The snowpack across the West is near to well above average in almost all areas. Cold weather and continued stormy weather have created an extensive snowpack in many regions. Heavy snow and dangerous avalanche conditions are delaying many monthly snow surveys for the NRCS and our cooperating agencies. Flood concerns are rising with the continued building of low elevation snowpack. This transient snowpack is vulnerable to rain-on-snow events and have the potential of adding water to any flooding that may occur.

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7 Feb 2008, 9:22pm
Federal forest policy
by admin
11 comments

Bureaucratic Anorexia

Part of the problem is the shrinking of the personnel numbers in the US Forest Service. There simply is not the manpower to get much done. District offices have closed and national forests have “consolidated” themselves into skeleton crews. Received from John:

Many are rightly concerned about the low visibility of Forest Service personnel in their communities.

In FY2002, the agency had 16,348 FTE’s in the National Forest System.
In FY2008, the agency had 11,156 FTE’s in the National Forest System, a 32% reduction.
For FY2009, the President proposes reducing the FTE’s in the National Forest System by another 11% to 9,973.

An example of the sad state of on the ground staffing: a consolidation in one region created a district some 2 million acres in size staffed by 10 FTE position. From a management standpoint, in my view, that is virtual abandonment of the land.

7 Feb 2008, 3:45pm
Saving Forests
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Never Give an Inch

by Bear Bait

Perchance, Mike, some in the Piss Fir Willies outfit have read and understood the Franklin/Johnson turnabout, and now have no underpinnings on which to stand. If you think the poor Mama Polar Bear and her cubs in that tiny ice floe weren’t looking for a 4 stroke Honda and a fast way outta there, you have to know the vestigial USFS True Believers are. There is no topo map or compass that might guide them out of their hell hole of agency fouling now. If the USFS is looking for a sponsor like a slow NASCAR driver, I would suggest Old Tanglefoot, the finest name in flypaper. The Old Hooktender would have described Ms Kimble as “She don’t knowed if she’s been punched or bored.” The rats would have abandoned the ship, but nobody has the correct forms , and besides, they haven’t held hands enough this month to be able to make a conflict free decision.

You may never know your impact, Mike, but you can be sure you have exposed some sensitive nerves. The USFS has lost its institutional memory, which would be criminal except we can’t forget it is a bureaucracy. They honest to God no longer know how to get there from here. Lost in a wilderness of their own making. Lots and lots of earnest, dedicated, wanting to do the right thing people, all without the Big Picture leadership that was built into the agency until that Rat Bastard Bill Clinton canned Dale Robertson and replaced him with JW Thomas, an experienced biologist running, at that time, a meaningful experimental forest. But not a candidate for Pimp of the President’s Forests. But that is what he became, and he knew and bailed when he could. So then they got Babbitt’s toady, Dombeck. Big whoop. And it has been political appointees since then. The agency is not providing its leadership on merit and vision and experience. It is grooming political appointees to carry out the wishes of whatever flavor of political whim is this month’s fad. They have walked the NGO streets and don’t have any tricks left to turn except let it all burn. What a sad, sad state of affairs. I have little faith any change in political leadership will change the now highly green charged zombies of the USFS. Unbuilt and not fit to rebuild.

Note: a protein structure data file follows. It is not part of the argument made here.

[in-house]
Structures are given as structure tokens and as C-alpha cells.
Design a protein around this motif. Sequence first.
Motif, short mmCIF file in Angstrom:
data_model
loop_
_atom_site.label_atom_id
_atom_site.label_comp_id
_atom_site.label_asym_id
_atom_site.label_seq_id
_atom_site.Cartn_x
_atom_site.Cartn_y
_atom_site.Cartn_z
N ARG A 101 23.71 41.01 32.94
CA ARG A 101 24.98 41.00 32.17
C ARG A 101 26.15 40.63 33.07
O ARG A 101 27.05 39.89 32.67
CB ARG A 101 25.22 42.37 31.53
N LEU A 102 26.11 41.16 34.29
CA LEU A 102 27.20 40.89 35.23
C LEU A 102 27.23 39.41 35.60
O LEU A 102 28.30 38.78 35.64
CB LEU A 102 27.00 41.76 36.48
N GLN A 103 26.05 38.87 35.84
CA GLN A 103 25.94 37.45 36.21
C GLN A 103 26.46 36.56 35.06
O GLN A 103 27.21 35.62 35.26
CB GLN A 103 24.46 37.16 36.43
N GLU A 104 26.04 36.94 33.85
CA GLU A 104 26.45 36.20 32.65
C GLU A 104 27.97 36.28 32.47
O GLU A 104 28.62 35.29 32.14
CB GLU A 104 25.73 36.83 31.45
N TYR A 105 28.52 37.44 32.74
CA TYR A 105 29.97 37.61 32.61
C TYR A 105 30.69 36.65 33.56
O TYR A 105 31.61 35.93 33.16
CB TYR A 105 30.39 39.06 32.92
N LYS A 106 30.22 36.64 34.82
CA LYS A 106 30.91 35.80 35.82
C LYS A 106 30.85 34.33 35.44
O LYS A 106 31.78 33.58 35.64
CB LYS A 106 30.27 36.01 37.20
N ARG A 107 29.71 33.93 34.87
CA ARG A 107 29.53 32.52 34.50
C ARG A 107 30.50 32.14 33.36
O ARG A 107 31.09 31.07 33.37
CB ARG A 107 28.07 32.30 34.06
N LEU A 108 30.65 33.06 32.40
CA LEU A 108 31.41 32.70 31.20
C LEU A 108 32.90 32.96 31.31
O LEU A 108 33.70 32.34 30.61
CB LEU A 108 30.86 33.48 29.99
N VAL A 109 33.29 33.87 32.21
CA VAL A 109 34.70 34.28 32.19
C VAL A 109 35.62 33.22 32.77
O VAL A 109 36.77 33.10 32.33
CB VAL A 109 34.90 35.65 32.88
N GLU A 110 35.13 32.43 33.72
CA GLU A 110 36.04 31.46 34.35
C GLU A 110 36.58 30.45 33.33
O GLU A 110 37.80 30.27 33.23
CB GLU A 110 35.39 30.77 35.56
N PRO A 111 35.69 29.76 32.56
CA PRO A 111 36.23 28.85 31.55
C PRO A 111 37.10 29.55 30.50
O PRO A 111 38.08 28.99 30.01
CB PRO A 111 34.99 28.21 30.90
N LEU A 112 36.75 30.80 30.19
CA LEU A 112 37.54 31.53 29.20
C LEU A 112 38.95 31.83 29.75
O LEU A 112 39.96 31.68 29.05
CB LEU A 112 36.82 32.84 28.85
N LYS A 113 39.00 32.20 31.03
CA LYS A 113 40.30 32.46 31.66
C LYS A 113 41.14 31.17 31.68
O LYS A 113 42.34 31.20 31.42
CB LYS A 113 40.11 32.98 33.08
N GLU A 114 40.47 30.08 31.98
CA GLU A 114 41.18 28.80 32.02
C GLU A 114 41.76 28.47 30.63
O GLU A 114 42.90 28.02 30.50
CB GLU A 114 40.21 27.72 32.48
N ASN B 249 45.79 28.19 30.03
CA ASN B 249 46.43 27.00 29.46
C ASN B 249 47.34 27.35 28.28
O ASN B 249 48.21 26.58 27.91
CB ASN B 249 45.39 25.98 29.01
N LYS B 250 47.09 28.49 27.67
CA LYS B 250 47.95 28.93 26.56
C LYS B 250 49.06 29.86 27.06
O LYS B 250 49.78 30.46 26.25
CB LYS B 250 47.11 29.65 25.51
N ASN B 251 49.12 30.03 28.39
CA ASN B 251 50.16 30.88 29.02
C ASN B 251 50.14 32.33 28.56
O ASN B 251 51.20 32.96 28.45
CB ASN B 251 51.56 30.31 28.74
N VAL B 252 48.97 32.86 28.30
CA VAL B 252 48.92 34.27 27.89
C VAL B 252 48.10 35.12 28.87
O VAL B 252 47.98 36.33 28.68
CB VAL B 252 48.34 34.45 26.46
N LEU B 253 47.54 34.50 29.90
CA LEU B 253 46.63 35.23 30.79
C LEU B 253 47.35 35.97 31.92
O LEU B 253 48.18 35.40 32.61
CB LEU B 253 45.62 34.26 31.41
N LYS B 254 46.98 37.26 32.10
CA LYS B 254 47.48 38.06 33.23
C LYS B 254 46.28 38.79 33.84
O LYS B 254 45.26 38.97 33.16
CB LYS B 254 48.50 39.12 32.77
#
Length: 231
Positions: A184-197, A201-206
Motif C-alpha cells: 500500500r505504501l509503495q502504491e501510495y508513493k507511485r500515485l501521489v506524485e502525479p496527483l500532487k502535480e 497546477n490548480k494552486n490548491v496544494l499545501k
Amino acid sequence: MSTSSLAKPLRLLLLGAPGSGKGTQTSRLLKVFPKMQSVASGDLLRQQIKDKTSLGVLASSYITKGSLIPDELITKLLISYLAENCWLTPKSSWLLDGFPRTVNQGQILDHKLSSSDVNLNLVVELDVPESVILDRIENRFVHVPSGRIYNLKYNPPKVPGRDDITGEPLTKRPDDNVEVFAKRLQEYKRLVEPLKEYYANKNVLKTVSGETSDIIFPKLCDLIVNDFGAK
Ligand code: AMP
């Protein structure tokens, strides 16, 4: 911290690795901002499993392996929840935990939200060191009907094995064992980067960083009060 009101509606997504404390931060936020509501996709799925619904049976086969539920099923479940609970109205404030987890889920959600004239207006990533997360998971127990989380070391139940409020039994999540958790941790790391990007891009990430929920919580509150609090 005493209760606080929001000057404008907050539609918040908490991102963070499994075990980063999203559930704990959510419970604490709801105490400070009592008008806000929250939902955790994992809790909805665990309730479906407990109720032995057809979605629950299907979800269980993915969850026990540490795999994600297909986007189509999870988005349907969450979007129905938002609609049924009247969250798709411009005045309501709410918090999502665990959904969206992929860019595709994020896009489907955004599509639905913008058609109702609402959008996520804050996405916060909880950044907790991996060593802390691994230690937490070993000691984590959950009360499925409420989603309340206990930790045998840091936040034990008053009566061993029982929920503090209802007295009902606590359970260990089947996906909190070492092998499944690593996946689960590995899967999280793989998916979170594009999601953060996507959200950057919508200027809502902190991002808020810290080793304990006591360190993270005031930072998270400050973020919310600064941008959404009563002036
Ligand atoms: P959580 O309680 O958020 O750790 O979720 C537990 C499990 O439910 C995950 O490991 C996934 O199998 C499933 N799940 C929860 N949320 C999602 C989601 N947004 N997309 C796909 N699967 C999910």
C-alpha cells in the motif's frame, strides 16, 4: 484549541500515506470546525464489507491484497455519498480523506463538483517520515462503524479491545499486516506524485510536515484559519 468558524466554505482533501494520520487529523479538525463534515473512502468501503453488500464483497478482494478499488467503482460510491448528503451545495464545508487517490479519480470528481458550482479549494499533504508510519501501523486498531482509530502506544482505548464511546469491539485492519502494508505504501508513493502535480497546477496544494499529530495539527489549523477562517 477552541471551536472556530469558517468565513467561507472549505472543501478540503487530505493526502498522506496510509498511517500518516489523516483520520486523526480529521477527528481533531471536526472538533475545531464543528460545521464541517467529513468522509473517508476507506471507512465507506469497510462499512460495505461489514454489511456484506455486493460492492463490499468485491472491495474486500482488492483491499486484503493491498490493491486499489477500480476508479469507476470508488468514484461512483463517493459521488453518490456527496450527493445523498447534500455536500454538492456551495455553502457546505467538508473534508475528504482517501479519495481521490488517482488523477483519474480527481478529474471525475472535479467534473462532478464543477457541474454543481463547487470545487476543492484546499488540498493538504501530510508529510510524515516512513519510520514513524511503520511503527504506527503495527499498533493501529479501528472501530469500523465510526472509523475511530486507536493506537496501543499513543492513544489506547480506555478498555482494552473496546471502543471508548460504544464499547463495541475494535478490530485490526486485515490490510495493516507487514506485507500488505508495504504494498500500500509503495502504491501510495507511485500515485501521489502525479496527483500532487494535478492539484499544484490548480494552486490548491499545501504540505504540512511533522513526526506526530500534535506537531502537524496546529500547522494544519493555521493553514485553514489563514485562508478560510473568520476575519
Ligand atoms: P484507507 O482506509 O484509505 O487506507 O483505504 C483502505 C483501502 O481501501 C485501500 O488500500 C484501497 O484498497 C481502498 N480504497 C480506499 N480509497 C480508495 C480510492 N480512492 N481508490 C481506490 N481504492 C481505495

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7 Feb 2008, 12:43am
Federal forest policy
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Damn the Torpedoes

I must make a confession. The last two posts were little bit tongue-in-cheek. The actual facts are:

1. I am not to blame

2. I do not have any power

The real Powers That Be vis a vis the USFS are the folks who write the budgets and allocate the funds. Money is power, and the people who control the purse strings control the bureaucratic elephant.

The Congress, the President, and the top-level bureaucrats steer the boat. Those folks and no one else. The BINGO’s, the environmental sue-happy obstructionists, and to very much diminished degree SOS Forests, are only bumps in the road (icebergs would be a better allusion and keep the metaphor intact). We (including me) can only obstruct and negate. We can get in the way and sometimes stop this or that. We cannot create, cannot initiate, cannot make the USFS do anything they don’t want to do.

We have the power to tear down, not to build up.

When the Powers That Be are engaging in tearing down, as they have been during the last 15 years or so, then no one is creating or initiating. The boat is sinking as a result.

Deep in the backwaters of the USFS, however, there are little pockets here and there of people who are doing their darnedest to keep the boat afloat. At the field level (not everywhere, but some places) a handful of folks are doing the right thing, or trying to.

I am not to blame, nor do I have the power, but I do know the difference between good stewardship and howling at the moon. I know enough to judge the work, and in a few places some very good work is being done. The scale is far too small and the occurrences too rare, but good work is out there.

One purpose behind the new, improved SOS Forests is to highlight and praise the good stewardship when and if I can find any. That’s a tricky thing, though, because the good work flies under the radar. Shining a light on the obscure but laudable project runs the risk of attracting the Tear Down Crowd, and they can be trusted to crush and destroy but little else.